By marino January 20, 2021 In Code

Kinsta Launches Free Local WordPress Development Tool

Kinsta, a managed WordPress hosting company, announced its local development tool named DevKinsta earlier today. The tool allows developers to spin up new WordPress sites, including multisite support, in moments. Each site is automatically configured with Nginx, PHP, and MySQL.

DevKinsta packages Adminer, an open-source database manager. The system also includes an SMTP server and email inbox for testing outgoing emails locally.

“This is the first version of the tool, let’s say the MVP, but we have a dedicated development team supporting and adding a lot of new features to it,” said Tom Zsomborgi, Kinsta’s Chief Business Officer.

Developers can run and test HTTPS support and enable WP_DEBUG at the flip of a switch. Kinsta web hosting customers can also deploy their sites directly from the interface.

It took me around an hour to get the system set up and running. To be more exact, I spent 53 minutes. Close enough. Between having to sign out, restart my laptop, and waiting for various pieces to install, I at least managed to get a little laundry done in those dull, in-between moments.

DevKinsta installation screen with Docker in the background.
Installing DevKinsta on Windows.

The setup process was not a completely pain-free affair. However, the price of admission to use this tool — a little bit of my time — was well worth it.

Let me be clear. I have tested far worse systems. Even with over 15 years of development experience under my belt, I have utterly failed at setting up other local dev environments. For DevKinsta to simply get me to the finish line is a success.

However, I like simple things, and I prefer them to move along relatively quickly. I am accustomed to a 20-minute XAMPP setup. While it may not be as fancy or have the bells and whistles of more sophisticated development tools, it gets the job done and rarely doles out headaches.

The holdup was setting up Windows Subsystem for Linux (WSL 2) and Docker, which are both requirements. Jump-starting DevKinsta itself was a breeze. And, as an old-school XAMPP user, DevKinsta’s ease of use has pulled me in enough to do more than just give it a passing glance. I could actually see myself using this on a day-to-day basis.

In short, I am sold. DevKinsta is a tool all WordPress developers should at least spin up once.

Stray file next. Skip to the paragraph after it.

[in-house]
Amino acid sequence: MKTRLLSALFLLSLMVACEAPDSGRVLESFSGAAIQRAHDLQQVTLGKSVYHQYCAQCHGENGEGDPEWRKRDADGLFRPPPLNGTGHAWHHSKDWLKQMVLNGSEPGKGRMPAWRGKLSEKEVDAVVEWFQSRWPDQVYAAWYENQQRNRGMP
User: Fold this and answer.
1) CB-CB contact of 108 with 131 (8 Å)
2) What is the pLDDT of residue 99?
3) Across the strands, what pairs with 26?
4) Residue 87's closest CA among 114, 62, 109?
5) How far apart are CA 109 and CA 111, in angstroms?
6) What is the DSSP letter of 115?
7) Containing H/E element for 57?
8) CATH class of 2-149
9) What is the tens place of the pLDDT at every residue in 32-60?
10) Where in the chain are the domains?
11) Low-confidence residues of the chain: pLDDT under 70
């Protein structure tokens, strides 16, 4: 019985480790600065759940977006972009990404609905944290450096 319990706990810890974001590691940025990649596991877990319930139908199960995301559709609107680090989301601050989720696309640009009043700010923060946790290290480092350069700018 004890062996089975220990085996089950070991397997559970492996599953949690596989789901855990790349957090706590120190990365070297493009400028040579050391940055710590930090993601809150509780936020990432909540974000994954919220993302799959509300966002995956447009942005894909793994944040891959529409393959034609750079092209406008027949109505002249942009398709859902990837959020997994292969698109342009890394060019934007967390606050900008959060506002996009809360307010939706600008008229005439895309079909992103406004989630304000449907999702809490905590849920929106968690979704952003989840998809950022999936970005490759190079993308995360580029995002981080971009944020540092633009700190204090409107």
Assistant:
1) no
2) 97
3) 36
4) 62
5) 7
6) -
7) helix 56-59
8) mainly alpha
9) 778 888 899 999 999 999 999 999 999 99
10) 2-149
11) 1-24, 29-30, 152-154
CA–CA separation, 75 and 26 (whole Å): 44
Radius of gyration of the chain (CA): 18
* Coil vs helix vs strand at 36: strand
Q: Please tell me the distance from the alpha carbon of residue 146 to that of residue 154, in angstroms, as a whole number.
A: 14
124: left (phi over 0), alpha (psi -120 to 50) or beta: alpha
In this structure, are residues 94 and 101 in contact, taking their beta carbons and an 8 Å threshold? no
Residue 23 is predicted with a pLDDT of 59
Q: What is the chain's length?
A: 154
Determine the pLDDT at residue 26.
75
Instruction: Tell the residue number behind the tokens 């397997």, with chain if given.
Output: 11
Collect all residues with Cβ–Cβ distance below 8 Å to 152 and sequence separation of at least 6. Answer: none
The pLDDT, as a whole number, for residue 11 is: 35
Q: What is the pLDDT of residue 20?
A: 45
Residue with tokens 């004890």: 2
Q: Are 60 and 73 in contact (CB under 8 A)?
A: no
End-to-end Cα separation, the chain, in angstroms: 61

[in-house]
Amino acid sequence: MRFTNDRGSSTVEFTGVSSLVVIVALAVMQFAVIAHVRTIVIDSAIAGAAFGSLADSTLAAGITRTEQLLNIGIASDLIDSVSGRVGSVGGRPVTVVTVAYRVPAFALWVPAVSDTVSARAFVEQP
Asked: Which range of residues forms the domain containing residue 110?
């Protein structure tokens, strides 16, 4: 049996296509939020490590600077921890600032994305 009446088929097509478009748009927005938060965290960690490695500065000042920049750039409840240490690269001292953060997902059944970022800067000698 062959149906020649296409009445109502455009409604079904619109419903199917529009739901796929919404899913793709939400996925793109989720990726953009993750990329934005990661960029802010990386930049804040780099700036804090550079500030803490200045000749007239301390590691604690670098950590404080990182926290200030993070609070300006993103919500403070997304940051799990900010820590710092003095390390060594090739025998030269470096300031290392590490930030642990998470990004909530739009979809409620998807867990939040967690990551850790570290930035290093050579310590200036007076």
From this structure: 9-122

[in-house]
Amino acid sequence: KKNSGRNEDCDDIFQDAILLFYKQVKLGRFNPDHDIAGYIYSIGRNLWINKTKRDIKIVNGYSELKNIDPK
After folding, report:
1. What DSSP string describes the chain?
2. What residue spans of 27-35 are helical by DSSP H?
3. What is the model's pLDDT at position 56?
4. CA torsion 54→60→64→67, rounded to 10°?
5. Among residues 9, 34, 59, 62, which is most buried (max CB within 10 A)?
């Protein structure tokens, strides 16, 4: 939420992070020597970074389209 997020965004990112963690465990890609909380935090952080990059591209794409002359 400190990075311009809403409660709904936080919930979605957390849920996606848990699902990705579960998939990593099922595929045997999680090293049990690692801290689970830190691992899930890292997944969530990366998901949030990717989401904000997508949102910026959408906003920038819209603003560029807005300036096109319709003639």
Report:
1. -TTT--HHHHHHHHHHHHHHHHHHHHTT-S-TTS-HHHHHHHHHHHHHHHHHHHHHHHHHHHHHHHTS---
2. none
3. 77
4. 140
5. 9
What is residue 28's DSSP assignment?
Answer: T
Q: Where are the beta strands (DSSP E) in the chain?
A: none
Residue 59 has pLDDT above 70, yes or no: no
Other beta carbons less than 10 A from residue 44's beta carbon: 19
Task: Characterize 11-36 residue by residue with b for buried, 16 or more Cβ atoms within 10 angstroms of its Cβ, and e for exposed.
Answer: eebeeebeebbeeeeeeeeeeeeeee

Thus far, the feedback on Twitter has been generally positive. However, Linux users may have to wait a bit because the tool is only available for macOS and Windows at the moment.

“I love seeing companies releasing local development tools but I wish more would offer their services to Linux users,” tweeted WordPress developer Chad McCullough. “There are a lot of us developers out there running Linux.” The Kinsta team responded that the tool will eventually support Linux and that news is forthcoming.

Single site creation process using the DevKinsta development tool.
Spinning up a new WordPress site.

The simple and straightforward UI is what makes this tool useful. Most developers do not need overly complicated configurations and options. They simply need to launch an environment that lets them work on their own projects. Anything beyond the basics far too often gets in the way.

DevKinsta makes it easy to launch and manage multiple development installs. Developers can also switch PHP versions via a simple dropdown — versions 7.2 – 8.0 are currently supported.

DevKinsta's site management screen, which lists all sites and has a button for adding a new site.
Site management screen.

The obvious comparison for DevKinsta will be against Local by Flywheel, which has increasingly become a primary tool for many WordPress developers.

Zsomborgi explained why the company thinks DevKinsta is a better option. “In our case, Docker is an important part here. Local doesn’t use virtualization in the background. Local has to install every piece of the environment to the host machine (NGINX, apache, different PHP versions, etc.). DevKinsta encapsulates these technologies into containers. Containers do make things easier for maintaining different applications without interrupting the host OS or installing many of the dependencies that are not required. We pretty much don’t touch the host OS, but have Docker as our main dependency to run the applications on their own environments.”

He said this speeds up the upgrade process and makes it easier to maintain bug fixes and send out security patches. He also said that because each application runs on its own Kernel namespace, any security issues should not affect the host OS.

“If the user is comfortable enough with Docker, he can extend DevKinsta features,” said Zsomborgi. “For example, he can monitor the usage of the container, or the PHP usage specifically as an example with docker monitoring tools that comes out of the box with Docker installation. The user can install any utility inside DevKinsta containers without touching the host OS and use applications that are not supported on Windows, for example.”

One of the use cases he mentioned was installing a benchmark tool to get statistics about site performance. This can be installed inside the Nginx container as a sidecar or separate container.

“In the past, Local didn’t use exactly Docker,” said Zsomborgi. “They used VirtualBox + DockerMachine. We tried it, and it was a bit painful. But without VirtualBox, DevKinsta can be more stable and scalable. So we use Docker without VirtualBox. It also needs virtualization, but nowadays, there are fewer Windows computers that have disabled virtualization by default.”